Increasing nursing workforce diversity is essential to quality health care. Associate Degree in Nursing (ADN) programs are a primary path to becoming a registered nurse and an important source of nursing diversity.
To examine how the number of graduates and racial/ethnic student composition of ADN programs have changed since the Institute of Medicine’s recommendation to increase the percentage of bachelor’s-prepared nurses to 80%.
Using data from the Integrated Postsecondary Education System, we analyzed the number of graduates and racial/ethnic composition of ADN programs across public, private not-for-profit, and private for-profit institutions, and financial aid awarded by type of institution from 2012-2018.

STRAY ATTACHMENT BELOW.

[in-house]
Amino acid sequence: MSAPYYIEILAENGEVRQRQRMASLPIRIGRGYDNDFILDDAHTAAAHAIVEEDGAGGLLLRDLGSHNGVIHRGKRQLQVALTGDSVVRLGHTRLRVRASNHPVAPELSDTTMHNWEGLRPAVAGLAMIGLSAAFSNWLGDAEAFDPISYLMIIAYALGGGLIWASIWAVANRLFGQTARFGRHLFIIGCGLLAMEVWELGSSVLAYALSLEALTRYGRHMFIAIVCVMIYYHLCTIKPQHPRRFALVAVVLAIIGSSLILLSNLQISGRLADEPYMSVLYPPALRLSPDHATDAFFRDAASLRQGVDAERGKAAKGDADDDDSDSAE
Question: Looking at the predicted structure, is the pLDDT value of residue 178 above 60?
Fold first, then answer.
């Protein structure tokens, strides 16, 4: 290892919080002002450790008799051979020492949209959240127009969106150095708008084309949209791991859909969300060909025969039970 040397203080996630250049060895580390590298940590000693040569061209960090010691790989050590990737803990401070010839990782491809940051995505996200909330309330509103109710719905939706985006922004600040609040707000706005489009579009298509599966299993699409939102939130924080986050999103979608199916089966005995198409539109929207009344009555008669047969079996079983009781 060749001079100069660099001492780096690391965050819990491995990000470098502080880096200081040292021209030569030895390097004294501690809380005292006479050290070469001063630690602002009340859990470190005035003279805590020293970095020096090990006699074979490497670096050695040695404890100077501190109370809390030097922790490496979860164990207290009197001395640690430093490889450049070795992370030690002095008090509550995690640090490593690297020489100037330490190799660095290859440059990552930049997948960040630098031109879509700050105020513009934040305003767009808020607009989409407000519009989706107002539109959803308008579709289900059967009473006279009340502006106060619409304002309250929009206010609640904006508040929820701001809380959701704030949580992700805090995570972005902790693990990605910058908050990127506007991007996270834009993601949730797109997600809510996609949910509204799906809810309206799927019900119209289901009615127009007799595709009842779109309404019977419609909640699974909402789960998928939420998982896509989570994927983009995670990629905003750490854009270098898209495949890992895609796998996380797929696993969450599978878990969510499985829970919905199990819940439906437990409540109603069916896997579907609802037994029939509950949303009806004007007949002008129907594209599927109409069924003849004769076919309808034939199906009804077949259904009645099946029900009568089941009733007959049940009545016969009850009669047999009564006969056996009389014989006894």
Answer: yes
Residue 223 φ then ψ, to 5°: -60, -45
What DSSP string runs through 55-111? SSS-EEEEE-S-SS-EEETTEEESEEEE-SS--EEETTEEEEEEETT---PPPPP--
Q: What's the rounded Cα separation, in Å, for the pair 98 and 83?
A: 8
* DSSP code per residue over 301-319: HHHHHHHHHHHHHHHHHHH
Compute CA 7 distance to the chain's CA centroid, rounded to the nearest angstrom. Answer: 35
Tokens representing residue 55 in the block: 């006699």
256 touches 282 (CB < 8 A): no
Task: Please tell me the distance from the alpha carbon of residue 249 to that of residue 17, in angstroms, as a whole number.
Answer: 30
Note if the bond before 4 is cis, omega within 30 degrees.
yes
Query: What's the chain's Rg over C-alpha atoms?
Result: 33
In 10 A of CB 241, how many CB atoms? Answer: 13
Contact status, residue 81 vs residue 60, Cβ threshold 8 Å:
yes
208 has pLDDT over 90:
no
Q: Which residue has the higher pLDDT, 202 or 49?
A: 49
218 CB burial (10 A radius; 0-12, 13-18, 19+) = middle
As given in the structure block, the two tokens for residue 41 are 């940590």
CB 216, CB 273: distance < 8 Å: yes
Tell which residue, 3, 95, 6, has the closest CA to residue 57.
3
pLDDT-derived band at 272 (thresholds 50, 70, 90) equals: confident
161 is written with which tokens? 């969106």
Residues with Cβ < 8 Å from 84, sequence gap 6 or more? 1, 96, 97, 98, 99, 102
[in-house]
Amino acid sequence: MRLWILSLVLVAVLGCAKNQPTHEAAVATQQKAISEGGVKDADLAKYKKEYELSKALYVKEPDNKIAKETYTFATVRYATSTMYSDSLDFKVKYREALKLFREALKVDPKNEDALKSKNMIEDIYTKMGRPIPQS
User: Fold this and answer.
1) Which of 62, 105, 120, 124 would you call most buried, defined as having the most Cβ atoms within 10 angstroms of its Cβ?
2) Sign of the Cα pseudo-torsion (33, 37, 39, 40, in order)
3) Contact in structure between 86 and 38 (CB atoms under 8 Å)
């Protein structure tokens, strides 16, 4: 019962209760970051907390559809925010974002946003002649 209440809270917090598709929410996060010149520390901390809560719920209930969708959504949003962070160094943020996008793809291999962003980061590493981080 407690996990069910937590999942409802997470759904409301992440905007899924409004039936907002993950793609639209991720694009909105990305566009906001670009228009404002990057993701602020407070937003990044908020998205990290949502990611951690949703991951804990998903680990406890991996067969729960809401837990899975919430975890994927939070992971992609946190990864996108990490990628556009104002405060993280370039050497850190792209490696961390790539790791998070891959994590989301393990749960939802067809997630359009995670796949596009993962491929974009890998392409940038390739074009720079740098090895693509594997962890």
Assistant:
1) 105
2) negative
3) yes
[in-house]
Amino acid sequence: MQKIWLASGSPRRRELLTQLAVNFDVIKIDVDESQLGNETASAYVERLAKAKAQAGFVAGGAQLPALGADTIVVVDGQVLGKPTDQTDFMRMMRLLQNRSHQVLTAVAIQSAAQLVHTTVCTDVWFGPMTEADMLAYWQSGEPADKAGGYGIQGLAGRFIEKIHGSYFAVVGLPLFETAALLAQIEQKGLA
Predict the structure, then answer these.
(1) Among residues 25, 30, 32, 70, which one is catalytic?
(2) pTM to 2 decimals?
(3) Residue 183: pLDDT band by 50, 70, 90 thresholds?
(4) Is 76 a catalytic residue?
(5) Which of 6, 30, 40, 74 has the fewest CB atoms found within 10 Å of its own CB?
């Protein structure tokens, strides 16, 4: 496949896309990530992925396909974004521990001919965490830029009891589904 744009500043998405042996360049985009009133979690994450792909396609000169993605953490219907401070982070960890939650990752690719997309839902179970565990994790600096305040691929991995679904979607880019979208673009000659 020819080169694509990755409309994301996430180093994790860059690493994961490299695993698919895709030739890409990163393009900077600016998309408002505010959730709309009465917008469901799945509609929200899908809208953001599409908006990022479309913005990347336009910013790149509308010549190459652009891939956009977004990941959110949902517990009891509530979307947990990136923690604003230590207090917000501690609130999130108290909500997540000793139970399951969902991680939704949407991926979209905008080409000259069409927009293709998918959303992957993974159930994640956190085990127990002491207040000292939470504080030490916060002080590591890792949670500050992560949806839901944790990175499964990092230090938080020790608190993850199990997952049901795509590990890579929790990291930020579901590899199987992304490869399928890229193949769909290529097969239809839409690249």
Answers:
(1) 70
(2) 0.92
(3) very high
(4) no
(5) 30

Racial/ethnic diversity among ADN programs grew from 2012-2018. Although private for-profits proportionally demonstrated greater ADN student diversity and provided financial aid institutionally to a higher percentage of students, public schools contributed the most to the number and racial/ethnic diversity of ADN graduates.
Given concerns regarding private for-profits, promoting public institutions may be the most effective strategy to enhance diversity among ADN nurses.
Authors:Mohammed SA, Guenther GA, Frogner BK, Skillman SM
Edition:Jul 2021. 69(4):598-608
Link to ArticleAccess the article here: Nursing Outlook
Citation:Mohammed SA, Guenther GA, Frogner BK, Skillman SM. Examining the racial and ethnic diversity of associate degree in nursing programs by type of institution in the US, 2012-2018. Nurs Outlook. 2021;69(4):598-608. doi:10.1016/j.outlook.2021.01.009
Related Studies:Racial/Ethnic Diversity in Associate Degree Programs in Nursing